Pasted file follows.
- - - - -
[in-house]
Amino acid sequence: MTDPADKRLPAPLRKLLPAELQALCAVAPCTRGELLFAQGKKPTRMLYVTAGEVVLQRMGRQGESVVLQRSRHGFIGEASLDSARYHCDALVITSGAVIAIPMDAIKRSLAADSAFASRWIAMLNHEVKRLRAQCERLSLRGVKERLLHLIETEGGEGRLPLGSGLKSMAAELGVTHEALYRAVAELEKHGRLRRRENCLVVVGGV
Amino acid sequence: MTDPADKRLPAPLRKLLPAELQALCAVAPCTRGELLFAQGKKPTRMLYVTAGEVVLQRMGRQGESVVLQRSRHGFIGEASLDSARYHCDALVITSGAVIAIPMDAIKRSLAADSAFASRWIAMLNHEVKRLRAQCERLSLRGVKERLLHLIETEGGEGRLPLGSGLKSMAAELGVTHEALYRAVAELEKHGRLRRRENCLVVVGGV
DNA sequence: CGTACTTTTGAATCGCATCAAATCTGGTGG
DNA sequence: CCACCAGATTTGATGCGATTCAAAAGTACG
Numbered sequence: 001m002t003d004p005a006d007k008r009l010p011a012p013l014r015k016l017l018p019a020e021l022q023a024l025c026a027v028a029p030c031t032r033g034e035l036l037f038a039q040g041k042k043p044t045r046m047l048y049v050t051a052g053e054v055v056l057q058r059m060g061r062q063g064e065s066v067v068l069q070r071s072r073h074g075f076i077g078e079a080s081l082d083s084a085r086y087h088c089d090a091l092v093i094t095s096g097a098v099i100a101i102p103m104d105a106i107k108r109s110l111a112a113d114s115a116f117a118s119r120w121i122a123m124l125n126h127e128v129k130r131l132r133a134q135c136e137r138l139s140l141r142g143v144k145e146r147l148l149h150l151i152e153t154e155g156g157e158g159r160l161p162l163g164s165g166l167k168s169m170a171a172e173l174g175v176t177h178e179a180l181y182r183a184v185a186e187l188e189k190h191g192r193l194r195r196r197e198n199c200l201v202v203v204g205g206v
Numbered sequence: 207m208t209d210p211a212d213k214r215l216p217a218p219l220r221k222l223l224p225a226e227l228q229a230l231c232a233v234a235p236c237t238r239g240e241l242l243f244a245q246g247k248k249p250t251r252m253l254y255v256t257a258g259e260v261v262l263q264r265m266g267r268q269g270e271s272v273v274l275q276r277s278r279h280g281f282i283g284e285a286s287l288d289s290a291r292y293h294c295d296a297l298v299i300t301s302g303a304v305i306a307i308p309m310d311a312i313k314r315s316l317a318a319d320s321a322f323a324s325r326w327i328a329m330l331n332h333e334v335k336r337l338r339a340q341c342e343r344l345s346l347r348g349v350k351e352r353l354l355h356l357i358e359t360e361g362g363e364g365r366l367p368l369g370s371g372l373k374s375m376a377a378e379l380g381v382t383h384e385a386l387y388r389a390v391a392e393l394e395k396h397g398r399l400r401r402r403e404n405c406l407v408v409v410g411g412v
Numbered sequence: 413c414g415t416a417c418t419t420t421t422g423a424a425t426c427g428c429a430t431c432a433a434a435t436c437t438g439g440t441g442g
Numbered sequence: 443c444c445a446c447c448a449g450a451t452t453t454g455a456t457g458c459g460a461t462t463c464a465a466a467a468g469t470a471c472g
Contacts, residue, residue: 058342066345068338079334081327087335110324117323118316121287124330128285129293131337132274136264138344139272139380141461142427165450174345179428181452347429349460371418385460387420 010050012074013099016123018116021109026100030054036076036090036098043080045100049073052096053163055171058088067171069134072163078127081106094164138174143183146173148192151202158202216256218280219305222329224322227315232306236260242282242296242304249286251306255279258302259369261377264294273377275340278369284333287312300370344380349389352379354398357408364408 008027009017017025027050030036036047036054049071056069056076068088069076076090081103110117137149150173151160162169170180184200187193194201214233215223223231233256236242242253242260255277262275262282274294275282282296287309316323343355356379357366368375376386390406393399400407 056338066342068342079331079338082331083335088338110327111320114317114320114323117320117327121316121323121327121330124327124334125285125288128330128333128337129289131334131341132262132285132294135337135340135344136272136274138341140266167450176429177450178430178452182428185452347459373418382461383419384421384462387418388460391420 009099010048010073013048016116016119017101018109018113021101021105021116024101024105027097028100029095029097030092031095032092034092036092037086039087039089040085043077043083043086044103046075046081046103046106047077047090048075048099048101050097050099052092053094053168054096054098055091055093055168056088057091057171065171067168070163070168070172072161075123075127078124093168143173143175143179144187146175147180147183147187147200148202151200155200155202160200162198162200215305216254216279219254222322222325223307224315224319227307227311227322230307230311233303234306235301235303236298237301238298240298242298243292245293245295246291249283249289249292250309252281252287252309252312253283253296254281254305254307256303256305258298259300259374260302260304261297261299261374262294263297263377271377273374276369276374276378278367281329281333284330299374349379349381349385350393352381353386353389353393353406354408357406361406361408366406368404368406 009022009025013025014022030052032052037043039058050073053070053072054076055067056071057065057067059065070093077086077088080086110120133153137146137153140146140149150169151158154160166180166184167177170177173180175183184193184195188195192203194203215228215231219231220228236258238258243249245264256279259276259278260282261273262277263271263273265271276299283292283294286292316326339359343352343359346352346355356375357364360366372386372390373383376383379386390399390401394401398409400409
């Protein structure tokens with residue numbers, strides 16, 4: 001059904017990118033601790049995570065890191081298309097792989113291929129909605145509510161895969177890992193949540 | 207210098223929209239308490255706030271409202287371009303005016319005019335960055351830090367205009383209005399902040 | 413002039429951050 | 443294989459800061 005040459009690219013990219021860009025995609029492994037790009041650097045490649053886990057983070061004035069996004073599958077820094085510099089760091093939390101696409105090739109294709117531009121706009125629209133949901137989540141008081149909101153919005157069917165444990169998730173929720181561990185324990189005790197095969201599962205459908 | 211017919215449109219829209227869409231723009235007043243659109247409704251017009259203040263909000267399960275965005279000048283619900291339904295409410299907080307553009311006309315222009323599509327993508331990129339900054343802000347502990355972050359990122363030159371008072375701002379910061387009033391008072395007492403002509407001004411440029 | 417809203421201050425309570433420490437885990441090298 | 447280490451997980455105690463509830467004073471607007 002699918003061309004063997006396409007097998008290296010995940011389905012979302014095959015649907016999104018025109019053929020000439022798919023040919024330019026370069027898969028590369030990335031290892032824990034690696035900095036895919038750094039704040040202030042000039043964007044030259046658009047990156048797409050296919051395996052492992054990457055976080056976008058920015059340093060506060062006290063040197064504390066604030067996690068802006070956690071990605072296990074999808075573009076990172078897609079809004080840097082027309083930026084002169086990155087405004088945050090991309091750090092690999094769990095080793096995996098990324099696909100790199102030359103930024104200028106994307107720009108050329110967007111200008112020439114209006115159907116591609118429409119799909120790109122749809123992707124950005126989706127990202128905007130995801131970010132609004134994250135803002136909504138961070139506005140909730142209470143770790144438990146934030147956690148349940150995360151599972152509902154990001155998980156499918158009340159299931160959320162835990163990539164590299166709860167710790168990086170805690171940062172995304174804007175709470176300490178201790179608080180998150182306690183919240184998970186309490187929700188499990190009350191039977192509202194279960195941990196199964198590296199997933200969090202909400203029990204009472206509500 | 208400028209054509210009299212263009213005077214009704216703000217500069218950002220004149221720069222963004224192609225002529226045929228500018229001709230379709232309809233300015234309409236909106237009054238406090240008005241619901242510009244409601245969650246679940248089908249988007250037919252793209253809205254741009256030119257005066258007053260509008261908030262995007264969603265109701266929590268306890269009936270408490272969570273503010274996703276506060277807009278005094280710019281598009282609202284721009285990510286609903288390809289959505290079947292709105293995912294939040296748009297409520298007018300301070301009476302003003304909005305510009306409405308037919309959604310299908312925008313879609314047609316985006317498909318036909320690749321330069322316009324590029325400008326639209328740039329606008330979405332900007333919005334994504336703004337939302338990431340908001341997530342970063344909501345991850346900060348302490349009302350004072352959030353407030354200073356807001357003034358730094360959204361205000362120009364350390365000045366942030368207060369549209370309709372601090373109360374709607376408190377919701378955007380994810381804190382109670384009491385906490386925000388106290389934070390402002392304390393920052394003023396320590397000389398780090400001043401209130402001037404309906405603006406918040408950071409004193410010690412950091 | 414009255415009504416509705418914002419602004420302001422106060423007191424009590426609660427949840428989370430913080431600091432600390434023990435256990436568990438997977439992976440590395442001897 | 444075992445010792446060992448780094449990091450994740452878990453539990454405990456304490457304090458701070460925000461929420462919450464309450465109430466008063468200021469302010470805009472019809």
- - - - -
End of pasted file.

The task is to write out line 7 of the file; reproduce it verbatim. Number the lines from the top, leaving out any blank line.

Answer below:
Numbered sequence: 207m208t209d210p211a212d213k214r215l216p217a218p219l220r221k222l223l224p225a226e227l228q229a230l231c232a233v234a235p236c237t238r239g240e241l242l243f244a245q246g247k248k249p250t251r252m253l254y255v256t257a258g259e260v261v262l263q264r265m266g267r268q269g270e271s272v273v274l275q276r277s278r279h280g281f282i283g284e285a286s287l288d289s290a291r292y293h294c295d296a297l298v299i300t301s302g303a304v305i306a307i308p309m310d311a312i313k314r315s316l317a318a319d320s321a322f323a324s325r326w327i328a329m330l331n332h333e334v335k336r337l338r339a340q341c342e343r344l345s346l347r348g349v350k351e352r353l354l355h356l357i358e359t360e361g362g363e364g365r366l367p368l369g370s371g372l373k374s375m376a377a378e379l380g381v382t383h384e385a386l387y388r389a390v391a392e393l394e395k396h397g398r399l400r401r402r403e404n405c406l407v408v409v410g411g412v